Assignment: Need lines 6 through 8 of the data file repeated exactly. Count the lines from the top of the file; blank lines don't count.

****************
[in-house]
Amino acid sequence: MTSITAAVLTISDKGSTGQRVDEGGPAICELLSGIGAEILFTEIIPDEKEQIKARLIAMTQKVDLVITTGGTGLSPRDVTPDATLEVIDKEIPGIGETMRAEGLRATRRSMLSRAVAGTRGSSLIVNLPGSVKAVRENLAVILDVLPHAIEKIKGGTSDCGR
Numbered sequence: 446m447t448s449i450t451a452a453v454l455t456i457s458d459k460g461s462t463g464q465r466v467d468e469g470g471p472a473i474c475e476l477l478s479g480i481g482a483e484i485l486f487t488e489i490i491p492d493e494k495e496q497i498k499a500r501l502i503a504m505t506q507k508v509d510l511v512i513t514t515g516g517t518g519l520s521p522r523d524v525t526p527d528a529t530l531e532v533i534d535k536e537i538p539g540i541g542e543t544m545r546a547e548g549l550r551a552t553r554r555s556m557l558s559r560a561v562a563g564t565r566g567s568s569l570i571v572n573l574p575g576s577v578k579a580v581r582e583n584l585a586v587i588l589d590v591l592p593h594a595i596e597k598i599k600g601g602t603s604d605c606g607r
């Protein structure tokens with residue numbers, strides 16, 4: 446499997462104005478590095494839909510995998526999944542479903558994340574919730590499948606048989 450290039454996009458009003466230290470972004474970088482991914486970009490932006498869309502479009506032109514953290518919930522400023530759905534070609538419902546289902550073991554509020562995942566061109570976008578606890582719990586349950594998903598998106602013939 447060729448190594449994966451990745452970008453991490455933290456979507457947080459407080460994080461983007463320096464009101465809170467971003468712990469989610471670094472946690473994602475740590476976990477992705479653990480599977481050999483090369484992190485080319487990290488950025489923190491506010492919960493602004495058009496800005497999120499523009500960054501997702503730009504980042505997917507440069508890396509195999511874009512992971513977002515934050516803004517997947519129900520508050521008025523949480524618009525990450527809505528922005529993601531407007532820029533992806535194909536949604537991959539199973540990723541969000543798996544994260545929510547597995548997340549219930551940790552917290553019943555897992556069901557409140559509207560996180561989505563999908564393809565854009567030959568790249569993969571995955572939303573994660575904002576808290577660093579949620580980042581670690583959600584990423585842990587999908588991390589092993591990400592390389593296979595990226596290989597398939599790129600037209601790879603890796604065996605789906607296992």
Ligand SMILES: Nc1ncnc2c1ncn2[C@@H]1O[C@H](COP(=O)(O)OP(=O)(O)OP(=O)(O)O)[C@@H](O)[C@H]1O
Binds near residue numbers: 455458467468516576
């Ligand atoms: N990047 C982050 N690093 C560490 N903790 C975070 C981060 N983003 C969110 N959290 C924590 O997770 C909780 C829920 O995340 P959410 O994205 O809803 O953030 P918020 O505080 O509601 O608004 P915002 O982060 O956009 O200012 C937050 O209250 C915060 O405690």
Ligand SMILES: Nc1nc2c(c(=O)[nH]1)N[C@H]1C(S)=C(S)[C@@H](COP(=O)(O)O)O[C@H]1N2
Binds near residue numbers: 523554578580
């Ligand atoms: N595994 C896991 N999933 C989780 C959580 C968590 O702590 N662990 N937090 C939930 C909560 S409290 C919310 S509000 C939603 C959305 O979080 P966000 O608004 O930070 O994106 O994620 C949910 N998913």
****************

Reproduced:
Binds near residue numbers: 455458467468516576
């Ligand atoms: N990047 C982050 N690093 C560490 N903790 C975070 C981060 N983003 C969110 N959290 C924590 O997770 C909780 C829920 O995340 P959410 O994205 O809803 O953030 P918020 O505080 O509601 O608004 P915002 O982060 O956009 O200012 C937050 O209250 C915060 O405690």
Ligand SMILES: Nc1nc2c(c(=O)[nH]1)N[C@H]1C(S)=C(S)[C@@H](COP(=O)(O)O)O[C@H]1N2